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How to encrypt your cloud storage for free

Brad Chacos | Sept. 26, 2012
If you want something done right, you need to do it yourself. That may sound like a trite cliche, but the maxim rings true when it comes to securing files that you've stored online: A handful of recent incidents--including breaches of Dropbox and iCloud--underscores the fact that even with built-in encryption and SSL transfers, cloud storage providers can't perfectly ensure the sanctity of your data.

Once you have it, you'll need to double-click the file to start the installation wizard, then choose Create a new BoxCryptor folder. The next screen will ask you to choose a location for the encrypted folder. The destination can be an offline local folder, but the big draw for BoxCryptor is that it works with any cloud storage service that creates a local directory on your PC, such as the desktop clients for Dropbox, Google Drive, SkyDrive or Sugar Sync. Most cloud storage services create a local directory in C:/Users/*UserName by default. After you choose the destination folder, enter a name for the BoxCryptor folder that you're creating.

Next, you'll need to choose a drive letter designation for the virtual disk. Be sure to pick one that isn't already being used. (I chose S: for SkyDrive.) Finally, create a password, and you're good to go. I strongly recommended creating a backup of your BoxCryptor configuration file when prompted, since you'll lose the ability to descramble your data if you accidentally delete the config file and don't have a spare handy.

Reboot your PC after closing the wizard to complete the installation process. The virtual drive will appear alongside your physical drives when the computer restarts.

Using BoxCryptor

Here's the tricky part: You can't just drag files into the BoxCryptor.bc folder that the software creates in your cloud storage directory. If you do that, the files won't be encrypted. Instead, you'll need to deposit your files directly into BoxCryptor's virtual drive--S: in my case. Doing so will also make them appear in your cloud storage folder in encrypted form.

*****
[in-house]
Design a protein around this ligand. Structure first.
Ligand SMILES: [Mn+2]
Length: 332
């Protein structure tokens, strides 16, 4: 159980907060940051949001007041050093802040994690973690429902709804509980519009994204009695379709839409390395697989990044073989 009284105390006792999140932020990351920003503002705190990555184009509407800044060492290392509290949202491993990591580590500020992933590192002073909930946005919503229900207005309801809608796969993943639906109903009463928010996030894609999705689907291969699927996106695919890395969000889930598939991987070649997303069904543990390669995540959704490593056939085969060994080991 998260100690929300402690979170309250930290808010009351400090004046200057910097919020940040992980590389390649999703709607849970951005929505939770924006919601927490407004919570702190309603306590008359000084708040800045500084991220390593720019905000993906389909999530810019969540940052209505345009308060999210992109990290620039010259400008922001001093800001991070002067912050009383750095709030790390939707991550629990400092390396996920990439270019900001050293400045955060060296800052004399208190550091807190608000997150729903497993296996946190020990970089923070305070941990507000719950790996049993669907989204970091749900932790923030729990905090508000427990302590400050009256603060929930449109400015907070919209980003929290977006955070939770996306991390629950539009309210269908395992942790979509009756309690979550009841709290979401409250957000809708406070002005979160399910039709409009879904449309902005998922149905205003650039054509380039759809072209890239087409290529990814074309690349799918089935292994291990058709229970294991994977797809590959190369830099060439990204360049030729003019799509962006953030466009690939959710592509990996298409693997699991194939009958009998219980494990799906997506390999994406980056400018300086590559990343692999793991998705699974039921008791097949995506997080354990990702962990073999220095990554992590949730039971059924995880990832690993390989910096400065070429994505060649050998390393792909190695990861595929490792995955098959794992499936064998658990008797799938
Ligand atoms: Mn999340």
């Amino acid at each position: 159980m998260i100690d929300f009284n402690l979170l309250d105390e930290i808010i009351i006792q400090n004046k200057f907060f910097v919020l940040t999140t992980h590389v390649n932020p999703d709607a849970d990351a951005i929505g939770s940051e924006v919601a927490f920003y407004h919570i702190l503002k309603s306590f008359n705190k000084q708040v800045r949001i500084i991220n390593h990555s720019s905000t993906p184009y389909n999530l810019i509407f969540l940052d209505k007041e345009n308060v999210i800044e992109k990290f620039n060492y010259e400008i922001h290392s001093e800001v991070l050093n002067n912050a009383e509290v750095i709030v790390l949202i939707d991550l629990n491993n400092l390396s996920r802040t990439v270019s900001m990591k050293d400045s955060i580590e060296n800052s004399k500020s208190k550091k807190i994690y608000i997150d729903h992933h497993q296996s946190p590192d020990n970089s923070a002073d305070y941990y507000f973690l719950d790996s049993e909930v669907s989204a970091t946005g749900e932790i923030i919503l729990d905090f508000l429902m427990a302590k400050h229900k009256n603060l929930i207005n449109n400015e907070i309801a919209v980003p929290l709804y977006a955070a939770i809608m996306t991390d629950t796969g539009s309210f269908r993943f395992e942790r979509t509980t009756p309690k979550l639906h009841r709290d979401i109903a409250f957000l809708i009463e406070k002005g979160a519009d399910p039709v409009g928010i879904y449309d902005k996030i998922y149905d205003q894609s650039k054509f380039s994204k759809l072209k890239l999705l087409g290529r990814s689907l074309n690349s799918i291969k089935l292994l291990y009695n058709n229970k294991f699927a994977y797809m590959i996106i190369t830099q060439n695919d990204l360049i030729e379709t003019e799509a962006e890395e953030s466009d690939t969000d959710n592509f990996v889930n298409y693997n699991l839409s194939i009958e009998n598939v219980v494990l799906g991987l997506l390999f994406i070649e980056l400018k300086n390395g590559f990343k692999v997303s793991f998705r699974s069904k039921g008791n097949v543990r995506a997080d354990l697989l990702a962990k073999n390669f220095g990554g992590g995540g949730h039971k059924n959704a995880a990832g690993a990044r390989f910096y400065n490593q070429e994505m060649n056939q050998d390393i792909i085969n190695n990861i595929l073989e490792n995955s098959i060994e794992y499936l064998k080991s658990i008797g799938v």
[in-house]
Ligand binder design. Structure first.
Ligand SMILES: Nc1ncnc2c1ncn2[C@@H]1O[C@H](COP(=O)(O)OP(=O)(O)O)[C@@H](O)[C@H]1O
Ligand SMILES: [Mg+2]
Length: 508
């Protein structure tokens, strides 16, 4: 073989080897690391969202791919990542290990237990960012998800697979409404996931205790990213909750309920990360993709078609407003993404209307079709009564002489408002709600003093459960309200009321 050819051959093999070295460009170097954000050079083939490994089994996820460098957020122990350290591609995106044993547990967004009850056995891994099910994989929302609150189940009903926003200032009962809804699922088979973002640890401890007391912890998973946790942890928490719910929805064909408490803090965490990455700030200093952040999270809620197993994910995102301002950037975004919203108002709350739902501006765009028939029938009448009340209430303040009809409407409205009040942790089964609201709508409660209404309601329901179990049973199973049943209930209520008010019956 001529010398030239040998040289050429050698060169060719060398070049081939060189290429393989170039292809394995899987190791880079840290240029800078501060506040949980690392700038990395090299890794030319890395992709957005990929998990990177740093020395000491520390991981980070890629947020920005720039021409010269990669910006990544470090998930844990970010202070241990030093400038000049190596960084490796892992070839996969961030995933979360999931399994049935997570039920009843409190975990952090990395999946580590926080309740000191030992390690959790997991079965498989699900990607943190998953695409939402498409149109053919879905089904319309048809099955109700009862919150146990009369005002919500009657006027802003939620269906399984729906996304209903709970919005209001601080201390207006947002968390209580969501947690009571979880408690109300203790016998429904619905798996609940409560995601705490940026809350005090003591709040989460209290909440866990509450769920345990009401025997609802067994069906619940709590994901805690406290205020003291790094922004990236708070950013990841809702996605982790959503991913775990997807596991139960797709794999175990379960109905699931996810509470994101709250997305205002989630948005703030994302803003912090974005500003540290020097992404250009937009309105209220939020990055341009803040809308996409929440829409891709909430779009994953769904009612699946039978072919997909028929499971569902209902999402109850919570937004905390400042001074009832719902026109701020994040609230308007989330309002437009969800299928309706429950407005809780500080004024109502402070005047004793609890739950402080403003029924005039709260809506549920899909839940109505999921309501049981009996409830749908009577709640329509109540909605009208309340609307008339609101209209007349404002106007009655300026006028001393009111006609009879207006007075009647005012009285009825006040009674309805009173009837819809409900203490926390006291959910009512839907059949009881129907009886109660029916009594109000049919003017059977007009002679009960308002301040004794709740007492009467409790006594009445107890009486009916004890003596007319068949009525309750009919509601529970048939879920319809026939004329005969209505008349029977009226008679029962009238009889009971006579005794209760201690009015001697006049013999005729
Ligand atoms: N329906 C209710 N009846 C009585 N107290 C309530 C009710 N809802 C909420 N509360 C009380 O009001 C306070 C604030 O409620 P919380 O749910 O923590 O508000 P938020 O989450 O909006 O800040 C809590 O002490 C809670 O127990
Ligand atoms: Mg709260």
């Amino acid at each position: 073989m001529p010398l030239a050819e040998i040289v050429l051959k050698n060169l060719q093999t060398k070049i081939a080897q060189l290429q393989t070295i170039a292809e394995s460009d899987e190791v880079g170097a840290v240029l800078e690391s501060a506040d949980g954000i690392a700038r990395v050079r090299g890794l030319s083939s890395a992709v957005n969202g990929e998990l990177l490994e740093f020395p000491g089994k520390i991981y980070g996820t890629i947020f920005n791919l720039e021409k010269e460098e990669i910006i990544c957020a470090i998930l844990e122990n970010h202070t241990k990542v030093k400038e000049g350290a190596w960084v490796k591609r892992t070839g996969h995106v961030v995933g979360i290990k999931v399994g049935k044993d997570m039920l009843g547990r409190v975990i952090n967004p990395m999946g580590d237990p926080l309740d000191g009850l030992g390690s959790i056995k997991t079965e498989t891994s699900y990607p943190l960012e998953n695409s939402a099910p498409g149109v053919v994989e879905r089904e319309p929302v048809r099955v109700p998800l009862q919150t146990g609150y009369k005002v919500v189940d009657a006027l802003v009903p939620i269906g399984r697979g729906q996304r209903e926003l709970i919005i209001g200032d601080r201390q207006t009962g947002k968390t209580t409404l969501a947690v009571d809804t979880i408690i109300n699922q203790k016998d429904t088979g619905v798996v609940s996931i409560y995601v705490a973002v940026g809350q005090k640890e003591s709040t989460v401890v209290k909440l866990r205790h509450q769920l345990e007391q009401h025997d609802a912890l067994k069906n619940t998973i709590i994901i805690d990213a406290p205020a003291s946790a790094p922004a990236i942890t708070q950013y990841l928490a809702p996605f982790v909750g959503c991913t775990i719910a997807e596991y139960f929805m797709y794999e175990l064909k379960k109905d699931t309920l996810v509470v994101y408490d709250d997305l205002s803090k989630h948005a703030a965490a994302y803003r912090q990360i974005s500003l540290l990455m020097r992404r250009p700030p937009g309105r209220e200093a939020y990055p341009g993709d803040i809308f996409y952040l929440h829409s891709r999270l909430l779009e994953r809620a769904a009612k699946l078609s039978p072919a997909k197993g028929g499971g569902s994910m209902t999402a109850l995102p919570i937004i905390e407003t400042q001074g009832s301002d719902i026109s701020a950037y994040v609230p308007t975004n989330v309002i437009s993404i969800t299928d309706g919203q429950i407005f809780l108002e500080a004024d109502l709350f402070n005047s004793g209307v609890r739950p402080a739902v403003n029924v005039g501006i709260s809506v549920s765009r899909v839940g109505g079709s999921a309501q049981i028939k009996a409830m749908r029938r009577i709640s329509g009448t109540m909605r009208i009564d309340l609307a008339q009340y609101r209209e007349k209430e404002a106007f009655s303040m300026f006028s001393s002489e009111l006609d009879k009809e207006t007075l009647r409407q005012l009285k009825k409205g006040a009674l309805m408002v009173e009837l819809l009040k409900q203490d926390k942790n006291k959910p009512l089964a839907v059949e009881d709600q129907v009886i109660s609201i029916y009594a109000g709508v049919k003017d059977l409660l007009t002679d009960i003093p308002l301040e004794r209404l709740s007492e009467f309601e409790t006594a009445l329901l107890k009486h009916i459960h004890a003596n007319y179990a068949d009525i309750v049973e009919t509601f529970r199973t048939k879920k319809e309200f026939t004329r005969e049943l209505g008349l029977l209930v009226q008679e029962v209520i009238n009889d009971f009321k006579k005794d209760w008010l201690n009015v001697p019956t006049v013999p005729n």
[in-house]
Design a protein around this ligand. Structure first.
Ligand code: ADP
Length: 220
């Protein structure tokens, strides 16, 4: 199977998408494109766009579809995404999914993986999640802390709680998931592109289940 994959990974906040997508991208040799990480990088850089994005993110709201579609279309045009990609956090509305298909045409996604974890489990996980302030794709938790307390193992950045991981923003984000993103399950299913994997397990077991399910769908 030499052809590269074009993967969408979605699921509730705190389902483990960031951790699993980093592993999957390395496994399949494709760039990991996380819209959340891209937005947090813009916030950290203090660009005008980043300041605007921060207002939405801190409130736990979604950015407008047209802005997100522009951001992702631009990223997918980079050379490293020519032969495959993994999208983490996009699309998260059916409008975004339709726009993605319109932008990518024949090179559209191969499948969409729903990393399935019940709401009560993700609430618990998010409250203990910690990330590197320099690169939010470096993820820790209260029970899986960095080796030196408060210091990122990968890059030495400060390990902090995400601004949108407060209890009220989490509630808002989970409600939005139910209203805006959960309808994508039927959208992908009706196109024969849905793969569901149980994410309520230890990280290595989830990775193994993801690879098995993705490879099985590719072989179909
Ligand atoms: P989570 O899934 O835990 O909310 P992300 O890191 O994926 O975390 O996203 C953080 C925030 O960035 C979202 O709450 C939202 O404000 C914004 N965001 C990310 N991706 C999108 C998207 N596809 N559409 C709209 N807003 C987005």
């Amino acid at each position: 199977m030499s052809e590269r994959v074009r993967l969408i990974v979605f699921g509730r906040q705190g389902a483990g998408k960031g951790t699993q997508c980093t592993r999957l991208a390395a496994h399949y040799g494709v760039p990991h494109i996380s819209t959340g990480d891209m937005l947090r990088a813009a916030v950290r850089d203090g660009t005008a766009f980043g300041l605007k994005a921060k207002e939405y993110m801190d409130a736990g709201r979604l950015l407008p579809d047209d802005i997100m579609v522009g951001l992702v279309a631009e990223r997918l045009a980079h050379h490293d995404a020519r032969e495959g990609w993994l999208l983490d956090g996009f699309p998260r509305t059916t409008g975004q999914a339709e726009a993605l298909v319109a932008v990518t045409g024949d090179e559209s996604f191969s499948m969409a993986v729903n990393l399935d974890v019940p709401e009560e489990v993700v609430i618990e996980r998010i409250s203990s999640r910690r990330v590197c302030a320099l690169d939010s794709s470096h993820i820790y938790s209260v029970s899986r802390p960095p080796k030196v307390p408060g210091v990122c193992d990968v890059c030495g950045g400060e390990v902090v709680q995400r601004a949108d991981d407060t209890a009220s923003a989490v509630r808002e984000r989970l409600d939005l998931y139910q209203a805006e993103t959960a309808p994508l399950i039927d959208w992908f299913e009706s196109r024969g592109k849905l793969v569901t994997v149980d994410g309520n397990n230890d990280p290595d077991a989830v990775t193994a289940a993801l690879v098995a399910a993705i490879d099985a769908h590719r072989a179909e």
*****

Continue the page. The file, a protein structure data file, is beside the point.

Similarly, the only way to unencrypt your files is to withdraw them via the same virtual drive. If you try to snag your files directly through the BoxCryptor.bc folder they'll still be encrypted and you won't be able to read them.

This regimen makes accessing your files on the road a bit of a hassle, but even the free version of BoxCryptor allows users to access cloud-stored encrypted folders, assuming you have both BoxCryptor and your cloud service's desktop client installed on your PC. BoxCryptor also offers an Android app that lets you access your encrypted SkyDrive, Google Drive, and Dropbox files after you enter your BoxCryptor password. An iOS app is available, but it works only with Dropbox.

Since all the encryption and decryption action happens on BoxCryptor's virtual drive, you'll likely have no reason ever to wander into the BoxCryptor.bc folder stored in your cloud drive. If you do, however, be very, very careful not to move or delete the encfs6.xml file. That's the configuration key needed to decrypt your files. If you move or delete it, you will be unable to decrypt your files.

 

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